In vitro bacterial adherence onto pellicle-coated aesthetic restorative materials

Y. Shahal*, D. Steinberg, Z. Hirschfeld, M. Bronshteyn, K. Kopolovic

*Corresponding author for this work

Research output: Contribution to journalArticlepeer-review

49 Scopus citations


Adhesion of oral bacteria to teeth and restorative materials plays an important role in the pathogenesis of oral diseases. This study investigated the initial adhesion of Streptococcus mutans to enamel and restorative materials. Three types of composites and two types of glass ionomer cements were used. The specimens were coated with freshly collected human parotid saliva. The salivary coated samples were incubated with cell-free glucosyltransferase, and further incubated with sucrose solution. Finally, the specimens were incubated with 3H-thymidine labelled bacteria. Adhesion of the bacteria to the specimens was measured by scintillation counter. SEM observations were performed on each sample. The results showed no significant differences among the materials and the control. These findings can be explained by the pellicle which coated all the specimens. This biofilm, to which the bacteria were adhered and proved to probably masked existing surface properties of the specimens resulting in similar bacterial adhesion.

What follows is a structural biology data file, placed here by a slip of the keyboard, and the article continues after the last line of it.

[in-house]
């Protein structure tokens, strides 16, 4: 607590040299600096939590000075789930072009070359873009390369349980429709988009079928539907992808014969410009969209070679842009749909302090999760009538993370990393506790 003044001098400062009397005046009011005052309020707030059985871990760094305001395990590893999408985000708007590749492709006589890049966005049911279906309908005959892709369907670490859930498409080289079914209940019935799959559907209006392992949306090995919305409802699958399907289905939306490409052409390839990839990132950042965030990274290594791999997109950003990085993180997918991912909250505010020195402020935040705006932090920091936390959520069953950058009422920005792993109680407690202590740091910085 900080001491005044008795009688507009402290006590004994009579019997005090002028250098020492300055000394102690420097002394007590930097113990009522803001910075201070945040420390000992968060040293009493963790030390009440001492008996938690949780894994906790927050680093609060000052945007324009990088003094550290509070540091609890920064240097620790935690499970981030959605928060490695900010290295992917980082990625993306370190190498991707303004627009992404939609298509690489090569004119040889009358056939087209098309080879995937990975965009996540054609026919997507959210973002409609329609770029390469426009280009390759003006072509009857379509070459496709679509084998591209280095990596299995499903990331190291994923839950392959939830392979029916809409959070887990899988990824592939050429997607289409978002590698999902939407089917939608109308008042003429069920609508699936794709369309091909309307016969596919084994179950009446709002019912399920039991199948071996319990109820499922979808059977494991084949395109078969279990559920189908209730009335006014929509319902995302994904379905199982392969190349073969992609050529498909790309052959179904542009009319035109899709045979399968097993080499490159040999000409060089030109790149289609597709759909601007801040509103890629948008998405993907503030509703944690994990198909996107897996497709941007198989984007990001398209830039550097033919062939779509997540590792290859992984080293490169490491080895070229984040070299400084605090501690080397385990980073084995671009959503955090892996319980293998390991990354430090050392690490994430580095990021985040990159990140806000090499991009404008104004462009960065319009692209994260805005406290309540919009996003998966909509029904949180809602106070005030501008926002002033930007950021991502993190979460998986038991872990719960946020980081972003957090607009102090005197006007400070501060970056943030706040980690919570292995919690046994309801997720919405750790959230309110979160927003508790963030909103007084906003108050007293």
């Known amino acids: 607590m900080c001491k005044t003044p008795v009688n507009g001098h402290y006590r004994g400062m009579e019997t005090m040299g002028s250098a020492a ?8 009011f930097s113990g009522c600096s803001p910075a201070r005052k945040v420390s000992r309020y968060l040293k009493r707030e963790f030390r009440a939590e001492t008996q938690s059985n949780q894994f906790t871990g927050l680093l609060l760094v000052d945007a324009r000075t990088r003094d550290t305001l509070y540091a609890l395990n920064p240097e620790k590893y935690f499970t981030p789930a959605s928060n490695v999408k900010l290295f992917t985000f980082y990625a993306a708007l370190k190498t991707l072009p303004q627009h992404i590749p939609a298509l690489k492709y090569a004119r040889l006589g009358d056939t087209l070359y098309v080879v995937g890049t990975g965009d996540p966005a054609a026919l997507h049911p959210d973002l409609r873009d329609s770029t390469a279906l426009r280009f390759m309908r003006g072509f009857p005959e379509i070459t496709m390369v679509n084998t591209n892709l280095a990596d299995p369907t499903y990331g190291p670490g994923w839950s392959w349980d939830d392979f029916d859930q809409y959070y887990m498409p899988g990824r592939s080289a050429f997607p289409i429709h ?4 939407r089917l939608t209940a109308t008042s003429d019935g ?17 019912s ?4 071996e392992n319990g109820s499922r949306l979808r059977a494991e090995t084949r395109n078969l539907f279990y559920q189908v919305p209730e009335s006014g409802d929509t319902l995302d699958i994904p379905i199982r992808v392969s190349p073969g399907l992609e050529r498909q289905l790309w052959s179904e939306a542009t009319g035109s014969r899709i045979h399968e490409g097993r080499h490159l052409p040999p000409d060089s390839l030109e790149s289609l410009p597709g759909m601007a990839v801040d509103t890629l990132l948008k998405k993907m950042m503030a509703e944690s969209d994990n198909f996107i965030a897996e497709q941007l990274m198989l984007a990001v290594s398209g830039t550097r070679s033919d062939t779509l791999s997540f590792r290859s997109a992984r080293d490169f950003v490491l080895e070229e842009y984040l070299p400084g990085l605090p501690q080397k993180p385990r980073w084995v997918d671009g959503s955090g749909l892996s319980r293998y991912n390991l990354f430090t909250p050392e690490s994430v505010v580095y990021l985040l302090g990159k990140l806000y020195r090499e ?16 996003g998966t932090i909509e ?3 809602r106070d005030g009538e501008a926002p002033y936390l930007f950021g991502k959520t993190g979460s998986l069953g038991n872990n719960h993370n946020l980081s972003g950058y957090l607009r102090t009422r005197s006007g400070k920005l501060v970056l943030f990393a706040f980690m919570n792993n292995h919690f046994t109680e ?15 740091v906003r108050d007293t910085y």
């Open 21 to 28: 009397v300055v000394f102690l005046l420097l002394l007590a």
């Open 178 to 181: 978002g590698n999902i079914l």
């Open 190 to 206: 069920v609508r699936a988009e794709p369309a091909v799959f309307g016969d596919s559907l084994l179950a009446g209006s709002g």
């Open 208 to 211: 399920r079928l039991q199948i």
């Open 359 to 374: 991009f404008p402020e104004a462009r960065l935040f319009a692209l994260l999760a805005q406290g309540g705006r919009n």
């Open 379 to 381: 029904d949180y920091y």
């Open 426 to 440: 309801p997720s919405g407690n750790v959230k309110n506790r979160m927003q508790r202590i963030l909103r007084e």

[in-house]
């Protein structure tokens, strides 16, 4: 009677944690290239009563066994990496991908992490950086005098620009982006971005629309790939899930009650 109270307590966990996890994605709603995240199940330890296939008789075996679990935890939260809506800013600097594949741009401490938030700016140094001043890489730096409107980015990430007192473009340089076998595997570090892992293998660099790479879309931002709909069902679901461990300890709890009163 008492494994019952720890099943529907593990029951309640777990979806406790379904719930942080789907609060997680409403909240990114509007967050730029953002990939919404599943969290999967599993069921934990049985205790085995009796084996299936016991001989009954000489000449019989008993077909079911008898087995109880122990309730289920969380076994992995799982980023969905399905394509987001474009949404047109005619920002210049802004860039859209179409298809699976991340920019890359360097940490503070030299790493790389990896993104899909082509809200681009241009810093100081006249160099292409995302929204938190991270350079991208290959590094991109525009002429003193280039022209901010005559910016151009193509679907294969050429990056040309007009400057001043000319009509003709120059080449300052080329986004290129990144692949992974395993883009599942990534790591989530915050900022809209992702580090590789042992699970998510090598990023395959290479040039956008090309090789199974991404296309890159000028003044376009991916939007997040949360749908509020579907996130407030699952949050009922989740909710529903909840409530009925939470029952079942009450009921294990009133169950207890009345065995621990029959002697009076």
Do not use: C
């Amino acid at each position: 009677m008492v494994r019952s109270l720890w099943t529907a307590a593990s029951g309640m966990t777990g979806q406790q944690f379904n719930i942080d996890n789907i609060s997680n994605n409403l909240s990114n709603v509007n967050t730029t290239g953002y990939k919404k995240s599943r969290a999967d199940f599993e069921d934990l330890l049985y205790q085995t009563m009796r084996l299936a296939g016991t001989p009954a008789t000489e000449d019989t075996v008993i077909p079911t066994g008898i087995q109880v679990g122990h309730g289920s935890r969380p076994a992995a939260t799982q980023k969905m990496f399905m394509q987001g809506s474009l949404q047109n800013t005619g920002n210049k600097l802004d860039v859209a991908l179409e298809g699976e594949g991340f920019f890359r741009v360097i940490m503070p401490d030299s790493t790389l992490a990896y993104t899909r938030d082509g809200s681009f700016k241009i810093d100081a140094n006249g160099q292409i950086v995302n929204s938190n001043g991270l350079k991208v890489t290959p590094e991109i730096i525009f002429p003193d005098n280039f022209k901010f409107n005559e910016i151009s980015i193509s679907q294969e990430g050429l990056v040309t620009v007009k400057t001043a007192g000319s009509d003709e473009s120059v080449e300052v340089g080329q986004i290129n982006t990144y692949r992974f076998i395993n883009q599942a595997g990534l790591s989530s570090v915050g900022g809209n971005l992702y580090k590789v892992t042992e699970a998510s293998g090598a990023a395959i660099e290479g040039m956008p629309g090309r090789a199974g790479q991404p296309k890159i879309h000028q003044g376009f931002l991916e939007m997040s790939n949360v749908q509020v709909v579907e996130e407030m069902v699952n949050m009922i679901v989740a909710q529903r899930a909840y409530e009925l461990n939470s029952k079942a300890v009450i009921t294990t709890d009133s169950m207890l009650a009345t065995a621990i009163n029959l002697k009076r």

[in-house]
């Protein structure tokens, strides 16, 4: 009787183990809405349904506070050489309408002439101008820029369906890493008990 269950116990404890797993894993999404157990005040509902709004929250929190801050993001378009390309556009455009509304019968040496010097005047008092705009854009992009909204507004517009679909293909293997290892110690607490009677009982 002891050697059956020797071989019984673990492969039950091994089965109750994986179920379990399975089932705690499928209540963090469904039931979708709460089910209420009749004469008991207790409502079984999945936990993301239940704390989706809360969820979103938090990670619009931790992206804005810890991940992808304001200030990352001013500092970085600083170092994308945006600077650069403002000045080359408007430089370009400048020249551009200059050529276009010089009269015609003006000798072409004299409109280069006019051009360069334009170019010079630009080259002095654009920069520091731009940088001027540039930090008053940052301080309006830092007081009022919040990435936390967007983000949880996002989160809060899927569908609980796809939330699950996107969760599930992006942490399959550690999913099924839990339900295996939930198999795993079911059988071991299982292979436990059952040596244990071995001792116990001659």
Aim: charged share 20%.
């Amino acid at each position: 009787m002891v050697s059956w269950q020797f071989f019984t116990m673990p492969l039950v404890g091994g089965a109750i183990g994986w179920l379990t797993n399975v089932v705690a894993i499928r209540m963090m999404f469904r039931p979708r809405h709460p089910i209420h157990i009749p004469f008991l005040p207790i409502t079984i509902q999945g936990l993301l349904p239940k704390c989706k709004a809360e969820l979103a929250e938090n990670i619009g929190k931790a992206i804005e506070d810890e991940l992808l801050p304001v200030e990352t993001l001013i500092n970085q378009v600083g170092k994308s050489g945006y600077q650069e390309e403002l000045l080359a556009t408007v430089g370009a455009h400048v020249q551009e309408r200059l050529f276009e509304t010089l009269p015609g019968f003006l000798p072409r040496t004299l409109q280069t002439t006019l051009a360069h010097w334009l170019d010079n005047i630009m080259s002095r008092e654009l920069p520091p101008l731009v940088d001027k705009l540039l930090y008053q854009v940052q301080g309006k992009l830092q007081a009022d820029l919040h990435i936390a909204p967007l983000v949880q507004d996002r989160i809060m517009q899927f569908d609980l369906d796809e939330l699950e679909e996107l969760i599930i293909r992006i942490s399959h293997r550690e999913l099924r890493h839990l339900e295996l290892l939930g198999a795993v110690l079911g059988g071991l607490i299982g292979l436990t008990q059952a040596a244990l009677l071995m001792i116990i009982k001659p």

Original languageAmerican English
Pages (from-to)52-58
Number of pages7
JournalJournal of Oral Rehabilitation
Issue number1
StatePublished - Jan 1998
Externally publishedYes


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